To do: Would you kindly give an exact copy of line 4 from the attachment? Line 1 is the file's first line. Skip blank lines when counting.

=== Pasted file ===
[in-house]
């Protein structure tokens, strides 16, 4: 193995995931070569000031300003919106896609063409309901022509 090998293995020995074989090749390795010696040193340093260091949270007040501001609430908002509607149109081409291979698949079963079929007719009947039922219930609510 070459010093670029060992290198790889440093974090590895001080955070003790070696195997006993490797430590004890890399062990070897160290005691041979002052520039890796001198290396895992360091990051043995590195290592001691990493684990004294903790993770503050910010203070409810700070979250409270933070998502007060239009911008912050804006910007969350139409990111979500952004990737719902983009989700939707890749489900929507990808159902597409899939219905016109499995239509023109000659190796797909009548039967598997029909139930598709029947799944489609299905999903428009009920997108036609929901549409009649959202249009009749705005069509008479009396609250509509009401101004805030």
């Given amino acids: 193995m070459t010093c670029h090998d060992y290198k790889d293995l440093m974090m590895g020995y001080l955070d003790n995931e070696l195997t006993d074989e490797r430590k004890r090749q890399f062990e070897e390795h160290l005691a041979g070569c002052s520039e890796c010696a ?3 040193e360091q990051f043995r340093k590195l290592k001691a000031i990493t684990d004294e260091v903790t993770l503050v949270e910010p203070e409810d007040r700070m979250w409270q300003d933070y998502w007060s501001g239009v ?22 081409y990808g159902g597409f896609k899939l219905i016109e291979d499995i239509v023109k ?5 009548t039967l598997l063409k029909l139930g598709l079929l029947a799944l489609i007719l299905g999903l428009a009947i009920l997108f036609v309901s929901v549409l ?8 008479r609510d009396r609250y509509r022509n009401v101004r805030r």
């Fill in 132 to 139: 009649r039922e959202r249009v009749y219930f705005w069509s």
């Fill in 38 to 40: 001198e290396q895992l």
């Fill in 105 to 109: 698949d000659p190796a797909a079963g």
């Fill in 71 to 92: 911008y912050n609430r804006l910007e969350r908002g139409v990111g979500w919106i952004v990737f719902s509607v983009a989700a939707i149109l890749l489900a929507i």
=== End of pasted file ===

């Fill in 132 to 139: 009649r039922e959202r249009v009749y219930f705005w069509s």